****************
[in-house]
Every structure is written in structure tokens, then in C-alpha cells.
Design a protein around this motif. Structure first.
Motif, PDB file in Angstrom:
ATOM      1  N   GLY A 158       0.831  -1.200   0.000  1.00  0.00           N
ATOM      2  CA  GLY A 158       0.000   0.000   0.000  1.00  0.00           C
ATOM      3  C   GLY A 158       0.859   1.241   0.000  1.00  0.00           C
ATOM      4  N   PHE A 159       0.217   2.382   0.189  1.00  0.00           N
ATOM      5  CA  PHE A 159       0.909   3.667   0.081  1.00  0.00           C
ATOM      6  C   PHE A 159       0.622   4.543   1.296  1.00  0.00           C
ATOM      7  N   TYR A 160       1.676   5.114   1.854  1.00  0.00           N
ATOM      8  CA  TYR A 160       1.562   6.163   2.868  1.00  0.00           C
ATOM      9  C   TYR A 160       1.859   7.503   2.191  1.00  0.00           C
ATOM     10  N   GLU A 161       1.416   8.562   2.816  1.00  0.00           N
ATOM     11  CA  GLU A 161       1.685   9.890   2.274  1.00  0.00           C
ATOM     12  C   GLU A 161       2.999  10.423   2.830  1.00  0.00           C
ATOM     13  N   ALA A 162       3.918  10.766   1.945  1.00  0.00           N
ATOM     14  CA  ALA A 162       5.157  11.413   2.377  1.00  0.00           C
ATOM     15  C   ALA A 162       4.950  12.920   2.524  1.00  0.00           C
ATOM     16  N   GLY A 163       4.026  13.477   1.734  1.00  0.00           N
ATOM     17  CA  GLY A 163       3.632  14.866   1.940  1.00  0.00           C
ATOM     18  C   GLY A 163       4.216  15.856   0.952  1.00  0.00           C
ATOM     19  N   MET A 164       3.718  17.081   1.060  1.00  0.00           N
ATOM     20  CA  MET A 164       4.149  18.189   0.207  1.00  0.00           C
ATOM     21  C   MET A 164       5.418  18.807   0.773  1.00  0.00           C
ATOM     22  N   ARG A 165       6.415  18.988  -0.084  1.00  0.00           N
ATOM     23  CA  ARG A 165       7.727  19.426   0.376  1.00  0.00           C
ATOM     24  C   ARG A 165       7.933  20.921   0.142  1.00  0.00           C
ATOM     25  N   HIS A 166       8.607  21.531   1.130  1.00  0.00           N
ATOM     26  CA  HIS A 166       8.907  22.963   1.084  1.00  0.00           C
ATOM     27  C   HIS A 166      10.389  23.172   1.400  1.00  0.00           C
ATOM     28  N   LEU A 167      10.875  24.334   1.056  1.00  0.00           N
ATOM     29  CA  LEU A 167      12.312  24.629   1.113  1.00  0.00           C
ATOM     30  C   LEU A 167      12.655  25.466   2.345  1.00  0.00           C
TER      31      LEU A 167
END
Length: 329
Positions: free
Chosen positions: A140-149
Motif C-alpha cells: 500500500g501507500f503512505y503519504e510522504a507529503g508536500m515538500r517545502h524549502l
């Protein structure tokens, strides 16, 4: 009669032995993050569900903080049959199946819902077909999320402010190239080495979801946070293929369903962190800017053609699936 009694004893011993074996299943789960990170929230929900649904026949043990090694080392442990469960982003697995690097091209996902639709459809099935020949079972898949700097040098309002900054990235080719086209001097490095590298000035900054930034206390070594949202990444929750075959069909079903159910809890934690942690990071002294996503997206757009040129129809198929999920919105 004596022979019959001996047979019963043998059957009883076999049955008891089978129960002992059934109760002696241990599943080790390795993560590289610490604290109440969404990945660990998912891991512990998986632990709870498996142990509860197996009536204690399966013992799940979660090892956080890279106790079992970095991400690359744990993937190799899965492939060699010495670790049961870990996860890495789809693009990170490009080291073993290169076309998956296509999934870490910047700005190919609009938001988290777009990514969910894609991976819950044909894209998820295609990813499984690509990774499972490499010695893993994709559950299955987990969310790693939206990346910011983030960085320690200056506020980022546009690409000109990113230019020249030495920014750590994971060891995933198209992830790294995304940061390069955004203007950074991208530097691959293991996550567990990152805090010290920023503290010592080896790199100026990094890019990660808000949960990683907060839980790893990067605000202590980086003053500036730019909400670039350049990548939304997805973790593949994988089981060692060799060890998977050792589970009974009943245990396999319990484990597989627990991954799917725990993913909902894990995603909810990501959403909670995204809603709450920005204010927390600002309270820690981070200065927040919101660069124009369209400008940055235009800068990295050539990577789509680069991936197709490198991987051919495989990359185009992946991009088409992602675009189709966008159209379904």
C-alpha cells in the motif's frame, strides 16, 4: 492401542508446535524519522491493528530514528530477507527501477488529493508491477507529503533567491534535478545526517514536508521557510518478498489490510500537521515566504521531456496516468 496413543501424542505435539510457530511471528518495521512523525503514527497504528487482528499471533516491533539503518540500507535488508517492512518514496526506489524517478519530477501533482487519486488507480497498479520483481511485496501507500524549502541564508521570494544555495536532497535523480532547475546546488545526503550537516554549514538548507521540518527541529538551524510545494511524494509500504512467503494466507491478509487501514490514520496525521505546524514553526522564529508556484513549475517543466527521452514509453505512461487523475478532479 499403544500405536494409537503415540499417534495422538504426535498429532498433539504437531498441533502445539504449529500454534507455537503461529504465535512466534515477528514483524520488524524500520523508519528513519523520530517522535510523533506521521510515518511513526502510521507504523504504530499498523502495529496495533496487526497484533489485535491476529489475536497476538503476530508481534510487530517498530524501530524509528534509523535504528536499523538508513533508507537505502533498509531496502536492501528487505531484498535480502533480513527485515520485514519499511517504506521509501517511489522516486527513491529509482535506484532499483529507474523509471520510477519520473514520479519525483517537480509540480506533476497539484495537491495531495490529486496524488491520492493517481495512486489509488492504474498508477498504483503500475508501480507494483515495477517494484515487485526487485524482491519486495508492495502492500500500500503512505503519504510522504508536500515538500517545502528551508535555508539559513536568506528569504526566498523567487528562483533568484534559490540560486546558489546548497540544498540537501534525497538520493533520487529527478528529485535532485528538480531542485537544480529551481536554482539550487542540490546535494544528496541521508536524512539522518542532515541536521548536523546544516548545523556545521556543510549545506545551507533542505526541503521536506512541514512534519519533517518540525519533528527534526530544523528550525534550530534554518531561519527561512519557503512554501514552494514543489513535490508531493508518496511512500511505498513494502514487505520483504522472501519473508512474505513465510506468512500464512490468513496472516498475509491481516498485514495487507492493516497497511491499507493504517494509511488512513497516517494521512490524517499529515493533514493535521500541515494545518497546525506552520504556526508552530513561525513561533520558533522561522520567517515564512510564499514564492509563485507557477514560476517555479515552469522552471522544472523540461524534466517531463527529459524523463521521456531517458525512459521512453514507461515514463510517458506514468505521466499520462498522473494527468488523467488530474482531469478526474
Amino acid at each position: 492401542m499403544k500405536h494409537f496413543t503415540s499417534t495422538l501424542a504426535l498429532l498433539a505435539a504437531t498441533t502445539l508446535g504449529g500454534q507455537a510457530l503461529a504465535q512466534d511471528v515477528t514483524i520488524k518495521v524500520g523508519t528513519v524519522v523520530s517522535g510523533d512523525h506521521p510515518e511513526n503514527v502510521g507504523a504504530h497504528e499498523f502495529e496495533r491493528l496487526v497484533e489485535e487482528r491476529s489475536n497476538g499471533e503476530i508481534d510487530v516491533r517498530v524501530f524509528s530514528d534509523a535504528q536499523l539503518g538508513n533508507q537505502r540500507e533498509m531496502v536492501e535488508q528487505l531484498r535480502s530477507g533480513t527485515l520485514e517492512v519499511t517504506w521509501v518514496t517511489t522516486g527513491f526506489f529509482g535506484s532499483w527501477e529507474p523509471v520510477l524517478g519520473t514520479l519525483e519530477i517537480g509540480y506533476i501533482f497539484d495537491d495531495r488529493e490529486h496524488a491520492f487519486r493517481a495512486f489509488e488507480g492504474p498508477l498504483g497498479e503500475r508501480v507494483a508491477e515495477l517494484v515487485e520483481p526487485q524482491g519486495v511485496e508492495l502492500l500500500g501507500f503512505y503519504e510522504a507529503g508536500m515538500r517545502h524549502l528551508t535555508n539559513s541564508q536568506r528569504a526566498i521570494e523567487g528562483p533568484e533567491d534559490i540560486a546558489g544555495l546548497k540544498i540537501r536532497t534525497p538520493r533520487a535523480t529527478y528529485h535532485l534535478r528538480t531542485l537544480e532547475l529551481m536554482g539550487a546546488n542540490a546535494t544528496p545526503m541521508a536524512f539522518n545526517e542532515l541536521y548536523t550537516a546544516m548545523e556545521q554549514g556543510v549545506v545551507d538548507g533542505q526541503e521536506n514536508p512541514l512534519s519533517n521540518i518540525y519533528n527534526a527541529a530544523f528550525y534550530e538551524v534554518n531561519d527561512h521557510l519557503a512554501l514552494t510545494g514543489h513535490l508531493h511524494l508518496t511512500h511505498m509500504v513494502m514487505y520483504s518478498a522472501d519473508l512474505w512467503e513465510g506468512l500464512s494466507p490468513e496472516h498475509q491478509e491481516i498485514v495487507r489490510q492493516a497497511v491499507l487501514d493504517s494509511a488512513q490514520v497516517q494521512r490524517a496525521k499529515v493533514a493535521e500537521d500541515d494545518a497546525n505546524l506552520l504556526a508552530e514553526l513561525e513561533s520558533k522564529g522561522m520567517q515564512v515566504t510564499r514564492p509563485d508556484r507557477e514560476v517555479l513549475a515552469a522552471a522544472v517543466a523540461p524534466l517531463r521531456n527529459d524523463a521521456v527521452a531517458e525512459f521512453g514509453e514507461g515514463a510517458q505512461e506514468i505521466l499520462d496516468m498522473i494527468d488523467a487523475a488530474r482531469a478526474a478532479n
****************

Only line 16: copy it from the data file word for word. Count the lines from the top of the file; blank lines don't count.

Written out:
ATOM     12  C   GLU A 161       2.999  10.423   2.830  1.00  0.00           C